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Saturday, February 23, 2013


Starting Saving – With a Purpose

  
Do you know only slightly more than half of all non-retired Americans (52%) think they are saving enough for "a retirement in which [they] will have a desirable standard of living?" Even fewer Americans say they have a goal in mind when it comes to saving (Consumer Federation of America (CFA), American Savings Education Council (ASEC), Employee Benefit Research Institute (EBRI)) 2012 survey).

So what can we do to improve those statistics? February 25 through March 2 has been designated as "America Saves Week." It’s an annual opportunity for organizations to promote good savings behavior and a chance for individuals to assess their own saving status as well as an excellent excuse for business owners to promote good savings behavior among employees.

Consider this: Finances are employees' #1 cause of stress, which leads to higher health care costs for your company and negatively impacts employee productivity and morale (http://ezinearticles.com/?id=473303).  Employees who learn how to effectively manage their benefits are more empowered, more engaged, and more satisfied with their compensation, benefits, and overall jobs (financialfinesse.com).

It simply makes good business sense to get employees thinking about saving for the future and participating in your company’s retirement plan. If you have a 401(k) plan, for 2013, the maximum you may designate to your 401(k), not including any matching company contributions, is $17,500. If you are age 50 and older, you can contribute an additional $5,500. The total contribution limit, including employer contributions, is $51,000 or $56,500, including catch-up contributions. Now of course many people can’t afford to save at this rate but it’s likely almost everyone can find some way to save more than they are today – particularly if they aren’t participating in your company’s retirement plan.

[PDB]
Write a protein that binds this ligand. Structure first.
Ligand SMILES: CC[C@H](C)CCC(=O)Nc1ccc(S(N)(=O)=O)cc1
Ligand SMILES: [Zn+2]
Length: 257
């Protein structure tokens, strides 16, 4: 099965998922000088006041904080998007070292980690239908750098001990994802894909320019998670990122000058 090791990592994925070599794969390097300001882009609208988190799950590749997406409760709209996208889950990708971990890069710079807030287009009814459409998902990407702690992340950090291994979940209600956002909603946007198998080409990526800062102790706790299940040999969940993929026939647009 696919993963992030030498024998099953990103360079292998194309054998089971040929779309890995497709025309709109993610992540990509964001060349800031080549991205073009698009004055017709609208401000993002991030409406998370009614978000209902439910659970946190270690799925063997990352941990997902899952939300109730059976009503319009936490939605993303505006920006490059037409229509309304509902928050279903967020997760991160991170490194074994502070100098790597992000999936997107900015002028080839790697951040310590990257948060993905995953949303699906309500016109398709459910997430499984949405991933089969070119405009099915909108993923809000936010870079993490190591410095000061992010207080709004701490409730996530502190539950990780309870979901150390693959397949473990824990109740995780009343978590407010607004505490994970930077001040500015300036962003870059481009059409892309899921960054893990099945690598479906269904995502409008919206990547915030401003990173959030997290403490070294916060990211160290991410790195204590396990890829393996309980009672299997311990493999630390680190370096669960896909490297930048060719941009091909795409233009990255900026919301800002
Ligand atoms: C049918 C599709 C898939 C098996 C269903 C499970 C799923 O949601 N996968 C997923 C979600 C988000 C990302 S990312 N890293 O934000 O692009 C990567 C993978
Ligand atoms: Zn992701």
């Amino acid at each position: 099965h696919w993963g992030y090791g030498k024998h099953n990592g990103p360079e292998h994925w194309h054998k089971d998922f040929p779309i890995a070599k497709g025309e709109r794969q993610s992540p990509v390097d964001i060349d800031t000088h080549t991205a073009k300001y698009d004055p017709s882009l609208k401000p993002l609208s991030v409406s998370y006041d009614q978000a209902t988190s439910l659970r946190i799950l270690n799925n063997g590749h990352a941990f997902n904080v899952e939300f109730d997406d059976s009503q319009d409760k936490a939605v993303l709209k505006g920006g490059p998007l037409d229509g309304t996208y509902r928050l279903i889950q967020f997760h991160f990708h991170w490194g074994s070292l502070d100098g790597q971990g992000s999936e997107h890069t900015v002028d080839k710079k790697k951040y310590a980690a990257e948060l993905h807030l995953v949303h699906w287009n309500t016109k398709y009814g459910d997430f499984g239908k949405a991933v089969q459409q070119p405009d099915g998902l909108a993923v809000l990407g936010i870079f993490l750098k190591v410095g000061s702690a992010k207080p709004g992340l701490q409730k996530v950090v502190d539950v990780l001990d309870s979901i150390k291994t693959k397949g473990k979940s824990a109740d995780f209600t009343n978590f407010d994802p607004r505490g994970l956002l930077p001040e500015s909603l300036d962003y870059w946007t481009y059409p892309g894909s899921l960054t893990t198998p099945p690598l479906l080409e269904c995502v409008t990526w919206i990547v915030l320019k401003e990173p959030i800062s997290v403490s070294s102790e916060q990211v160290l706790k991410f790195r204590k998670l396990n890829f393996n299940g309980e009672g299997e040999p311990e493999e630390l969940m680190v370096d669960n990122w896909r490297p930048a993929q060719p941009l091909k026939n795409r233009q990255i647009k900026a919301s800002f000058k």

Even if you don't max out your retirement plan to take advantage of the tax savings, you may want to review your retirement plan's asset allocation, investment options, and your contribution levels just to be sure that the plan fits in with your overall savings strategy.

If you need more information, the Employee Benefits Security Administration will be hosting two webcasts during America Saves Week. The first is for small employers who do not yet offer a retirement plan. This will be sponsored in coordination with the Small Business Administration and Consumer Federation of America and will discuss the benefits to employers as well as employees and will provide information about the many retirement plan options available. That will be held February 27th from 2—4 pm, Eastern.

The second webcast will also be for small employers and will focus on using the new retirement plan fee disclosures to select and monitor your retirement plan’s service providers. That will be broadcast on February 28th from 2—3 pm Eastern.
 
Information on both webcasts can be found at the Employee Benefits Security Administration website at http://www.dol.gov/ebsa/.


 

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